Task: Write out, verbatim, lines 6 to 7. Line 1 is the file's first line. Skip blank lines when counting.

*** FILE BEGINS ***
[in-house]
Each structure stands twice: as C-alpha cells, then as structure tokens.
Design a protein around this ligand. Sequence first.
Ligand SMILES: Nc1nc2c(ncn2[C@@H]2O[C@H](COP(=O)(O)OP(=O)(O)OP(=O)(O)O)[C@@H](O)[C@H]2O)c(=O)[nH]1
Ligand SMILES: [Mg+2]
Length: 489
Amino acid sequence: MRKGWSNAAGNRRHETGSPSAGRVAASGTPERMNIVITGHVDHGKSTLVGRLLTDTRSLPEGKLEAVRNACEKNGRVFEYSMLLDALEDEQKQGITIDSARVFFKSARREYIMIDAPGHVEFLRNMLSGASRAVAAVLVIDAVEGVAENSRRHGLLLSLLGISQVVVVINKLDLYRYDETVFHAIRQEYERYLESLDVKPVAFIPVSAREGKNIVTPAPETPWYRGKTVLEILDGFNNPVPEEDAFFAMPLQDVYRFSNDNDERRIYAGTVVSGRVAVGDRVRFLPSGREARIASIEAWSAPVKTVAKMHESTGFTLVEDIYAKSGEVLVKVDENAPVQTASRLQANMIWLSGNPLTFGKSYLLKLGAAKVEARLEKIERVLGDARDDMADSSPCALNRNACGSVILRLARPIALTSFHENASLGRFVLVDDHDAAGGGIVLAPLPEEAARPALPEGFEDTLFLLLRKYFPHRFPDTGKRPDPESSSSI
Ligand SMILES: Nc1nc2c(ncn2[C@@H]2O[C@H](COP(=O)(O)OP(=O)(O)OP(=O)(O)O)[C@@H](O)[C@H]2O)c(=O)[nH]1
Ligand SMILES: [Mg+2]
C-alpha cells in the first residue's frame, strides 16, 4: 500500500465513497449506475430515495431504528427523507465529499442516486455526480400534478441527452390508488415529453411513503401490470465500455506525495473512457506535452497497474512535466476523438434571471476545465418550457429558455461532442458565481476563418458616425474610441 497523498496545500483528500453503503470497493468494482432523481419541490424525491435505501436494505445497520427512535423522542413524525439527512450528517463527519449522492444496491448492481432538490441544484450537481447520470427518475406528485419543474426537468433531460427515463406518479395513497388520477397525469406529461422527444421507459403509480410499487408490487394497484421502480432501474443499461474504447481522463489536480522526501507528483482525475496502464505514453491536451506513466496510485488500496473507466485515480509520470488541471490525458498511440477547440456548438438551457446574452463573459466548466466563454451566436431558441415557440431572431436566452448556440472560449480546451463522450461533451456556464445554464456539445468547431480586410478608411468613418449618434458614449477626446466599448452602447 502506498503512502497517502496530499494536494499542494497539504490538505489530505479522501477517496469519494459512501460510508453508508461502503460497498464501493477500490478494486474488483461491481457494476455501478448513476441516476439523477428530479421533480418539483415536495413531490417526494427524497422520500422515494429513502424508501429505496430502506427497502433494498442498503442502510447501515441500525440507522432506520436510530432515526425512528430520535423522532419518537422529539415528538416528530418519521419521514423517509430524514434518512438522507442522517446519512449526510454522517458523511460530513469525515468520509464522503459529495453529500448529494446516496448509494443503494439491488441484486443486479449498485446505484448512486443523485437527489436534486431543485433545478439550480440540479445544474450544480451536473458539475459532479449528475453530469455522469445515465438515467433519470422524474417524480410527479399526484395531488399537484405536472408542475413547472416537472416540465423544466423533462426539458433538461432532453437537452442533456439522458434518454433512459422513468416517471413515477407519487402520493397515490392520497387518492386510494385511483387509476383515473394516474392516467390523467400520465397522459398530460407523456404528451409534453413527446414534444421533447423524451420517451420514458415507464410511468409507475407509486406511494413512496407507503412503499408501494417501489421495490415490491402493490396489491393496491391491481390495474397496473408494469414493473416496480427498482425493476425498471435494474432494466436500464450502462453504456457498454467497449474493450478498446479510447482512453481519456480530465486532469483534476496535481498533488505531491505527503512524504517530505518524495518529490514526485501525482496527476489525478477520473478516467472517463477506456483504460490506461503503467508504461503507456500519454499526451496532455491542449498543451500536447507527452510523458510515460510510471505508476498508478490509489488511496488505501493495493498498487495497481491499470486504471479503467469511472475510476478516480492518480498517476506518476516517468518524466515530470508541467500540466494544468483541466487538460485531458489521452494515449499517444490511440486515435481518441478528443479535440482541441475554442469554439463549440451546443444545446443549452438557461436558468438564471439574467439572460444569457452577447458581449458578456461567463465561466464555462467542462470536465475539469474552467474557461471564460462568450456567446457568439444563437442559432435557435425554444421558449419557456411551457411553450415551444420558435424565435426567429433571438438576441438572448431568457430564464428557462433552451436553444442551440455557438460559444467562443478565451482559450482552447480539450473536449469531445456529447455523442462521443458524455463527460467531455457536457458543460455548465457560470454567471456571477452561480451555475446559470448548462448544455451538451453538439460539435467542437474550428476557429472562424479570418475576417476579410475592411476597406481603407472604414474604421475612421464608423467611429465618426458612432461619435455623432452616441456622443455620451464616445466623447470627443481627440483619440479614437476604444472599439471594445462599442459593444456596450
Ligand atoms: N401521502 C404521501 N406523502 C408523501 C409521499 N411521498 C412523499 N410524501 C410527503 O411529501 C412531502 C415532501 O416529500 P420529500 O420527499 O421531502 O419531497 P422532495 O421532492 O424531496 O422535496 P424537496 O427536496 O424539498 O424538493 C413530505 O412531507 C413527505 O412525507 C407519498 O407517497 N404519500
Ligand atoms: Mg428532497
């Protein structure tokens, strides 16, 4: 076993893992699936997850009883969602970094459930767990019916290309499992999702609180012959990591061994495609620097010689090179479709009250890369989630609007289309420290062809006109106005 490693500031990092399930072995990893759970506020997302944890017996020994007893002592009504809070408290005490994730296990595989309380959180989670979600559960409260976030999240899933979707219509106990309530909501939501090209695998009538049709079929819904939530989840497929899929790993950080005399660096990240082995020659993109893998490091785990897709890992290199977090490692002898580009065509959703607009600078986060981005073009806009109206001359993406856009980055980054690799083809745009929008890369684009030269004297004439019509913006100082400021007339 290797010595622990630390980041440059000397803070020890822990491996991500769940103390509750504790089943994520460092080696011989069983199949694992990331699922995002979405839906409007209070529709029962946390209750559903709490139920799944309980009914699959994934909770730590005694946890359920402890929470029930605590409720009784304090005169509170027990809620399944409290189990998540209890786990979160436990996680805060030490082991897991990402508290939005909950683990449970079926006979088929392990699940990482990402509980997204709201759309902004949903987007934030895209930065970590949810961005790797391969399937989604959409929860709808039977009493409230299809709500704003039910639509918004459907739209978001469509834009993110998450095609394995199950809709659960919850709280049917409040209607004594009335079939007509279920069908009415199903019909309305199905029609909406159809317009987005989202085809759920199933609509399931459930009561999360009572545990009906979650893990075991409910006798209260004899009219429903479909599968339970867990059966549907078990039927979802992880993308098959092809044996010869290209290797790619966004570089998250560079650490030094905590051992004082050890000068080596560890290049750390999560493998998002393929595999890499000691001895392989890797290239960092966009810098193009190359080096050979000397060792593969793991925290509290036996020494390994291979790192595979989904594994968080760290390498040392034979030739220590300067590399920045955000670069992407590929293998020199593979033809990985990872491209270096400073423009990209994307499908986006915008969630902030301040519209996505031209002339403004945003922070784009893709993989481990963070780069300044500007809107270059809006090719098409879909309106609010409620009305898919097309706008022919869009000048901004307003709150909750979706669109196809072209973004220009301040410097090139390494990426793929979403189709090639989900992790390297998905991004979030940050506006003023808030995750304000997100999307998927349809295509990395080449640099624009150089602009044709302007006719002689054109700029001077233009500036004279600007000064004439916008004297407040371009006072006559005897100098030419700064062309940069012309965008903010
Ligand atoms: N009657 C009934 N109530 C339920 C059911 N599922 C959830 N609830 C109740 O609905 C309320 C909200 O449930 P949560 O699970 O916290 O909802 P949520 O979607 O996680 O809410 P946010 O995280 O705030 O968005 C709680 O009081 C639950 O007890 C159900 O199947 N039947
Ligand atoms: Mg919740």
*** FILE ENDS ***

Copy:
Length: 489
Amino acid sequence: MRKGWSNAAGNRRHETGSPSAGRVAASGTPERMNIVITGHVDHGKSTLVGRLLTDTRSLPEGKLEAVRNACEKNGRVFEYSMLLDALEDEQKQGITIDSARVFFKSARREYIMIDAPGHVEFLRNMLSGASRAVAAVLVIDAVEGVAENSRRHGLLLSLLGISQVVVVINKLDLYRYDETVFHAIRQEYERYLESLDVKPVAFIPVSAREGKNIVTPAPETPWYRGKTVLEILDGFNNPVPEEDAFFAMPLQDVYRFSNDNDERRIYAGTVVSGRVAVGDRVRFLPSGREARIASIEAWSAPVKTVAKMHESTGFTLVEDIYAKSGEVLVKVDENAPVQTASRLQANMIWLSGNPLTFGKSYLLKLGAAKVEARLEKIERVLGDARDDMADSSPCALNRNACGSVILRLARPIALTSFHENASLGRFVLVDDHDAAGGGIVLAPLPEEAARPALPEGFEDTLFLLLRKYFPHRFPDTGKRPDPESSSSI